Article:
Put simply, blockchain technology is 'a security and transparency innovation'

While in Davos, Business Insider’s Sara Silverstein interviewed Adam Ludwin, co-founder and CEO of Chain, for a special edition of Crypto Insider. The following is a transcript of the interview.

Silverstein:And this is the biggest question that I have coming out of the these conversations at Davos – everybody is telling me that blockchain can solve all these different problems. I understand why blockchain makes sense for not being able to sell the same asset twice. That makes sense to me. What else – why is blockchain used as a solution for so many things, and why is that any better than a centralised database?

Ludwin:So I think the primary reason around the hype for blockchain is it’s just a part of the hype cycle we’re in. It’s, sort of, captured the zeitgeist of digital transformation and a lot of folks are looking at it as a panacea for a lot of different things. When it’s not. It’s a tool like many other tools in your modern software suite. And it should be applied where relevant. And in the case of financial institution a relevant place to apply it would be where it’s important for a particular product or service to have either more trust from third parties or to engage third parties in building a network without a traditional intermediary. That’s really where it’s most relevant. So I’m also equally, sort of, surprised maybe dismayed by the type of – let’s call them – airport advertisements that I see proclaiming blockchain to be the cure-all for every corporate ail. it’s not.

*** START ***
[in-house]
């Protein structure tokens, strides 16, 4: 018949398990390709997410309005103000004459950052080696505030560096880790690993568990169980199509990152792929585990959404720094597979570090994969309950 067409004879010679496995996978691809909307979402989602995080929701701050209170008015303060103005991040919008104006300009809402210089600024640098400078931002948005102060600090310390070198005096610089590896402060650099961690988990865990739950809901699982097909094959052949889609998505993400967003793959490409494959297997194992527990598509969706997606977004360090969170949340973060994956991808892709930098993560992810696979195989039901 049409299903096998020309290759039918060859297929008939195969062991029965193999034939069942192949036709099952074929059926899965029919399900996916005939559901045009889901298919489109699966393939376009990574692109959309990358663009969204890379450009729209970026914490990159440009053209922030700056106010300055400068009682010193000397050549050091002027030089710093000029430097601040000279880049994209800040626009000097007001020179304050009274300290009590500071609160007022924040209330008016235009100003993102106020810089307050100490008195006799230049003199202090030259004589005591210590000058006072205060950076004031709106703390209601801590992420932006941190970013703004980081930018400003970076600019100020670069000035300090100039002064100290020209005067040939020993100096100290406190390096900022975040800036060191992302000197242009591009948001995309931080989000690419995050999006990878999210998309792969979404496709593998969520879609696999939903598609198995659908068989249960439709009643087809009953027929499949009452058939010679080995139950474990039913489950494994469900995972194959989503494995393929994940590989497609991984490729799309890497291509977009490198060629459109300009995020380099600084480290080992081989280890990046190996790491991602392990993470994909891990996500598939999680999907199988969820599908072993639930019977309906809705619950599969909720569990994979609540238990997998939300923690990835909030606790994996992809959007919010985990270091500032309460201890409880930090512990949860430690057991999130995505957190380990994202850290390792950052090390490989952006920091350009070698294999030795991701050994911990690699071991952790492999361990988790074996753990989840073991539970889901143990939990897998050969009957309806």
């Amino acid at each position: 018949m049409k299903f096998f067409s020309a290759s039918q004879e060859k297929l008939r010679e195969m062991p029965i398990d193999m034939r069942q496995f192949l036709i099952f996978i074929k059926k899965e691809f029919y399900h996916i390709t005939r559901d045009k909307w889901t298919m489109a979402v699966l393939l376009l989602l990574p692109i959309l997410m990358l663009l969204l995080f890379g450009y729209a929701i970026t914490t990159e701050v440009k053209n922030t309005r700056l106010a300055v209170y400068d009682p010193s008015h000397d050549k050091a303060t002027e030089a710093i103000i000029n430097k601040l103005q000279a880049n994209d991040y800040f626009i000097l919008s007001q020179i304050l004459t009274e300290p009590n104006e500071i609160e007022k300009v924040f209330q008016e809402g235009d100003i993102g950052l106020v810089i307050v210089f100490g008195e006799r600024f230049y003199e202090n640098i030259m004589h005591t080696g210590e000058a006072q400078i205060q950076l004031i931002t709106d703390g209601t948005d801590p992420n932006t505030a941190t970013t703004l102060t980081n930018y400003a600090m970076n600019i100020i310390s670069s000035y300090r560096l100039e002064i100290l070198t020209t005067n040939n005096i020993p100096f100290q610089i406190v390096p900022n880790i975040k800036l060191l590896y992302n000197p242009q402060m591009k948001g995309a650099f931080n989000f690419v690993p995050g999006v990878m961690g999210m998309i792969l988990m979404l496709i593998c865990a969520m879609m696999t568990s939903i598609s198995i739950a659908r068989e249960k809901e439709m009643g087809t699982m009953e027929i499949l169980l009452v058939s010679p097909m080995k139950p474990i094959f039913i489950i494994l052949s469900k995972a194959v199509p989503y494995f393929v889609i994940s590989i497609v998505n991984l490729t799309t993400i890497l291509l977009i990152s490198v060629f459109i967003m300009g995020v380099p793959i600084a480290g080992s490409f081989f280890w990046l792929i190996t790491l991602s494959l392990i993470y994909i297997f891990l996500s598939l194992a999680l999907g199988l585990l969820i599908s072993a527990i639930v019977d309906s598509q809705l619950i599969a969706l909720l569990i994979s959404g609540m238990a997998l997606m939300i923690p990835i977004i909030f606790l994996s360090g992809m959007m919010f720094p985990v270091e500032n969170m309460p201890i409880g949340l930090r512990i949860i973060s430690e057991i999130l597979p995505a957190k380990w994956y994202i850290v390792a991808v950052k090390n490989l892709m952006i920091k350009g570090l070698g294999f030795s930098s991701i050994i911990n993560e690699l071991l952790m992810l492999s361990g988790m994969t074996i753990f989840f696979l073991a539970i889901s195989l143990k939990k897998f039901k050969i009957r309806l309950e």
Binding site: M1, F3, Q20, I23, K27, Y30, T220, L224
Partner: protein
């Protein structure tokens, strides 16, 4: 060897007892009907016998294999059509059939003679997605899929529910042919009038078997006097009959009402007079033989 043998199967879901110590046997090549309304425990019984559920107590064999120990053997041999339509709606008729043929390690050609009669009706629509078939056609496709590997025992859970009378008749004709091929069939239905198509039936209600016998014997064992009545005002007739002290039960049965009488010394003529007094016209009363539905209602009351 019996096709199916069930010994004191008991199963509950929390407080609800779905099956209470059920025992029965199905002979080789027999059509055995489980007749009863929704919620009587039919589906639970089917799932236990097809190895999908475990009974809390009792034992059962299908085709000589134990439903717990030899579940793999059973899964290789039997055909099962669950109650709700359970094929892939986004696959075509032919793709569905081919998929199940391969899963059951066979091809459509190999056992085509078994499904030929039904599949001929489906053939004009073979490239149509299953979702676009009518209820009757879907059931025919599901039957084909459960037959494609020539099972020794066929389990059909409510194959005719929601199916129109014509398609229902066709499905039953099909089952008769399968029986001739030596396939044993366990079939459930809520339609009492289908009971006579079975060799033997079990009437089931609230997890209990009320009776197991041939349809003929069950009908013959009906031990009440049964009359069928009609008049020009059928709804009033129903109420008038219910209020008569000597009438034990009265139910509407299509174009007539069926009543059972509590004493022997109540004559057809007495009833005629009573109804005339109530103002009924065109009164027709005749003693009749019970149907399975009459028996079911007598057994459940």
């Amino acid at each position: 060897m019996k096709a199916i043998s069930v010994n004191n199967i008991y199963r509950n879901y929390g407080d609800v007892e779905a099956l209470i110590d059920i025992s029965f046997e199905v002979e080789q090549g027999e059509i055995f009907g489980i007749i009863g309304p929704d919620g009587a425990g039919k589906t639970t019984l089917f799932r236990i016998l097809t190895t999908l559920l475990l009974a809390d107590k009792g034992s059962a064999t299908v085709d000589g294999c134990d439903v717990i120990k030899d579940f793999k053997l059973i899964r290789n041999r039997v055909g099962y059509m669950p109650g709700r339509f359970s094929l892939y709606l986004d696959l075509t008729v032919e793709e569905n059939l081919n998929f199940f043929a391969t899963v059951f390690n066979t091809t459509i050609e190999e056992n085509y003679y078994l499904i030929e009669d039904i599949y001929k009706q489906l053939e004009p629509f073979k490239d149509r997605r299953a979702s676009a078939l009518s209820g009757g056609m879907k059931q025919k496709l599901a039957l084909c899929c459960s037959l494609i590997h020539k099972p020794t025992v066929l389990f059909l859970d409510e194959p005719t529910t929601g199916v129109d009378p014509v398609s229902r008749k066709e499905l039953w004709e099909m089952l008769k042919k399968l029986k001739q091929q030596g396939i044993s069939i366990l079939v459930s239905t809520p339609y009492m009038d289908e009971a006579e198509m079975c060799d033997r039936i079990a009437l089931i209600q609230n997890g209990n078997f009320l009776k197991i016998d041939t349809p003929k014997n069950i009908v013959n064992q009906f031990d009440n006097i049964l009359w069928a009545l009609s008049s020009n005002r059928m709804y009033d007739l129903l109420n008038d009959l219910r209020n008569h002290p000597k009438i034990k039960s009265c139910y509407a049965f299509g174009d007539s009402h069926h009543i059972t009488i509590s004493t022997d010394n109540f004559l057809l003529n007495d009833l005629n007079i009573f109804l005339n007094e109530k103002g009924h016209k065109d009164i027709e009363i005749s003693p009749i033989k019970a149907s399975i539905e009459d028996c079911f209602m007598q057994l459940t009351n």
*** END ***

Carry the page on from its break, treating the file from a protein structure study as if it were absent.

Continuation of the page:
Silverstein:And when you sell – when you’re talking about of a software for an institution, because when we look at bitcoin and all these currencies, every person that’s involved in the network has a copy of the database right? So they can all verify that. But when you’re talking about selling it to an institution, who are you getting that integrity from where is that security coming from?

Ludwin:Right, so let’s start with bitcoin. So as you rightly pointed out in the case of bitcoin, the model is peer-to-peer network – no predetermined intermediary. There are, in fact, intermediaries in bitcoin known as miners, but they’re not predetermined. They have to compete and you never know which one’s going to actually process those transactions. And that all serves a purpose, which is to create an alternative payment rail that’s censorship resistant, meaning no one can stop anyone from transacting on that network. And whether that is useful really depends on your context. For some people in some places, having the ability to transact with someone else without censorship is important – whether those are you know people that are facing strict capital controls, or in a country of hyperinflation. Because in a particular place if you donate to a non-profit, you go to jail for political reasons. There’s a lot of legitimate – I would call them – civil society reasons why bitcoin is a powerful mechanism. Very different context if your talking about an organisation like Visa or Nasdaq, where we don’t need miners, because we already know in advance who’s going to process those transactions; who’s going to order and ensure that no double spending is happening.

At the same time, the value that they see and gain from the technology is being able to cryptographically prove to third parties that they’re not manipulating data; no one in their company has manipulated any data – intentionally or accidentally; no hackers have changed any state. So it’s simply about increasing the robustness of that institution. It’s a security and transparency innovation when we use it there. So very different uses – both in my mind legitimate, but both serving different goals depending on how it’s deployed.

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